There were hardly any cars, the landscape was barren with no buildings. Suddenly a sheriff's car approached from behind
. It stayed behind me the next ten miles. My cruise control was set at the speed limit, 50 mph, my headlights were on (this seems to be a requirement in some states), so he couldn't nail me for either. He did not flash his red and blue top lights, so I didn't stop, of course. (Rita and I will recall, when a state trooper stopped us (i.e., me) in Tennessee, he clearly flashed his lights.) It was beginning to get eerie. I was driving with the top down, but suddenly the wind picked up, and my Casper newspaper started flying in all directions. Raindrops started to fall. I decided to pull over and take the top up. The cop drove up next to me but stayed in his car. He then asked: 'Have you been in Sinclair today?' I said no. 'Strange', he said, 'because they had received a report that a car just like mine had been there and taken photos of the refinery.' It then dawned on me, that I had indeed been in Sinclair and taken photos. Over the din of the engines and the wind I thought he had said 'St. Claire' or similar. I immediately admitted that I had been in Sinclair and taken photographs adding that I was from Denmark, and that we don't have refineries like that there. He said that with all the terrorist activities these days you have to be careful. I believe he immediately determined that I didn't look like the typical Arab terrorist out on a mission to blow up the Sinclair oil refinery. I had noticed a disproportionately big police station in Sinclair (the town only has 4-500 inhabitants)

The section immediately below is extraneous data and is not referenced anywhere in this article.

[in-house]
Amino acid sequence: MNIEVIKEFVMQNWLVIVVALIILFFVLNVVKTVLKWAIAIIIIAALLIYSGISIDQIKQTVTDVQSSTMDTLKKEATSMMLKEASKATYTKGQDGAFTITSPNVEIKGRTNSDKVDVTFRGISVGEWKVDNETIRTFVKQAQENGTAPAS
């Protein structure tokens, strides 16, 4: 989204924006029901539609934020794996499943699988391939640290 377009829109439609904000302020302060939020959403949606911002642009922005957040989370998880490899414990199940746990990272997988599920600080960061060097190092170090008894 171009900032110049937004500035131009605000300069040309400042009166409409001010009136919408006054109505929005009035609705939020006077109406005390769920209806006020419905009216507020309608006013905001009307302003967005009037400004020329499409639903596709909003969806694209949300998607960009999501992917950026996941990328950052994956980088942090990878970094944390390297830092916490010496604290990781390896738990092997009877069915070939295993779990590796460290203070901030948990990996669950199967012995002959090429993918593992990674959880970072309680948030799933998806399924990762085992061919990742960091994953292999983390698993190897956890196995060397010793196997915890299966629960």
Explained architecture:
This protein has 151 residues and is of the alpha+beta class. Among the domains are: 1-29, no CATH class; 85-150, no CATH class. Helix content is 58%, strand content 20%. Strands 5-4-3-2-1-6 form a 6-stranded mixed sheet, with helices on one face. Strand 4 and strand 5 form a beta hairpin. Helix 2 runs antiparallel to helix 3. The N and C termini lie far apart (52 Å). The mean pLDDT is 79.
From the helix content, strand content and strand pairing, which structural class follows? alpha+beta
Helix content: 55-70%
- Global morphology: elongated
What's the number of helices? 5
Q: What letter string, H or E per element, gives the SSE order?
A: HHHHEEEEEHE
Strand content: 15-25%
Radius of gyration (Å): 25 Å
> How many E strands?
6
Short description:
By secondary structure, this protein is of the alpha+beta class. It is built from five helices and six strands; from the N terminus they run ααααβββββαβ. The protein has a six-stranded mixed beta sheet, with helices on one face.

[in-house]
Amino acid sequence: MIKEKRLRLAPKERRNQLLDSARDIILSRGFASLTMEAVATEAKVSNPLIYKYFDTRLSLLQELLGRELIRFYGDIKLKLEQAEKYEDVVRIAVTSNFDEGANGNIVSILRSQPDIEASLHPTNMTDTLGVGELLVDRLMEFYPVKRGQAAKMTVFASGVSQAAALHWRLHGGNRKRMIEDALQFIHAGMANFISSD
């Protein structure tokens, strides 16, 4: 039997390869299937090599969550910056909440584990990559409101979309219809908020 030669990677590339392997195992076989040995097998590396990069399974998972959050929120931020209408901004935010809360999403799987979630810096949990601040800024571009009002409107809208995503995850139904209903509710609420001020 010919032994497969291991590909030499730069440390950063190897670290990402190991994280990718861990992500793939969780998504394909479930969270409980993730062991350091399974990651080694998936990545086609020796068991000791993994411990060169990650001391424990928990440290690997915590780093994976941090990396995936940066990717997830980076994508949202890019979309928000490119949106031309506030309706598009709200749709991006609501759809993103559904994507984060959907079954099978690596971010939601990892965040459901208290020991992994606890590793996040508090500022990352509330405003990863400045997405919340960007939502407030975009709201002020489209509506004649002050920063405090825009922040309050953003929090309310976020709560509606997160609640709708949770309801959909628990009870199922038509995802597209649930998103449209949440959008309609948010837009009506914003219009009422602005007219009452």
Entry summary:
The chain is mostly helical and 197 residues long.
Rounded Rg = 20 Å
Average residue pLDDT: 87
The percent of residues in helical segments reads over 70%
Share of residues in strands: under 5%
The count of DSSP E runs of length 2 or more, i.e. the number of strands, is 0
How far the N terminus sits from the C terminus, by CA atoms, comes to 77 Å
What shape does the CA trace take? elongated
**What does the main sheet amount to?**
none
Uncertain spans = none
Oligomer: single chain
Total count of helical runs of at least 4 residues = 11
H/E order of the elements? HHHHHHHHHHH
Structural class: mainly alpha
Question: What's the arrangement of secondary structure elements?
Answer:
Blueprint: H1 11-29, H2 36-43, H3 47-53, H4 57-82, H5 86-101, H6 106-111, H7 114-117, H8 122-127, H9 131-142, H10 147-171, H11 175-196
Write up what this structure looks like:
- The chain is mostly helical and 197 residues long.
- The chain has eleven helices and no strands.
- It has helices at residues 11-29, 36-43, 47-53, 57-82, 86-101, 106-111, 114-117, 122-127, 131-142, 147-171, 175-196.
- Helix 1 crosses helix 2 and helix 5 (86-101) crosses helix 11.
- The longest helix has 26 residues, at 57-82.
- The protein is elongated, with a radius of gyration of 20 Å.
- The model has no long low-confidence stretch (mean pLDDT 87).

. Afterwards I started thinking about the enormous resource this nation has to allocate to prevent new terrorist attacks from Arab jihadists.
Up at Seminoe I chose a top spot with a fine view of the lake and started my usual campfire. Suddenly a young boy came over to me with a plate in his hand and said that his mother had told him to give it to me. It was a delicious white fish fried in butter. His dad, not far behind him, said it was 'wally' or something. While I was eating it, the wind started to blow with almost gale force. I had to jump into my car to finish the dish. I was afraid that my tent might blow away but I had fortunately secured it well with the spikes. As you all know it lies close to the ground. If it had been one of the more common square shapes, the wind would undoubtedly had taken it away.
Next morning the wind had subsided. I walked over to Amy (we had briefly talked to each other, when I came in the night before) to thank her and her husband for the delicious fish. It's called 'walleye,' and they fish a couple of hundreds a year and freeze them. They live in Rock Springs.
The next day I wanted to continue in a northwesterly direction towards the Grand Teton and Yellowstone. Instead of going all the way back to I-80, then to Rawlins and up 287 to Muddy Gap Junction, I found out that a dirt road would take me to Alcova on 220. It was a stretch of 35 miles, which I drove at 20 mph but I still got pretty dusty. It was a great drive with many fine views.
(Story to be continued tomorrow.)
Those of you who persevered and got to the end of my photos in the previous blog will have noticed one of the Sinclair oil refinery. When I got out of the Medicine Bow Mountains on Sunday, I headed west along I-80 and looked for a place with WiFi, so I could update the travelblog. I spotted a huge oil refinery in Sinclair and decided to get off the interstate and go into town. There wasn't much there, definitely no restaurant with WiFi, so I drove past the refinery, at the same time both hideous and fascinating, and took some photographs in front of the main gate. I then got back on I-80, drove into Rawlins, and, as usual, McDonald's provided both WiFi and a Big Mac menu. Leslie had mentioned that Seminoe State Park had fine scenery, so I decided to go there and put up my tent. But I would have to go back east on I-80 to Sinclair and head north 36 miles to get to the park. And so I did.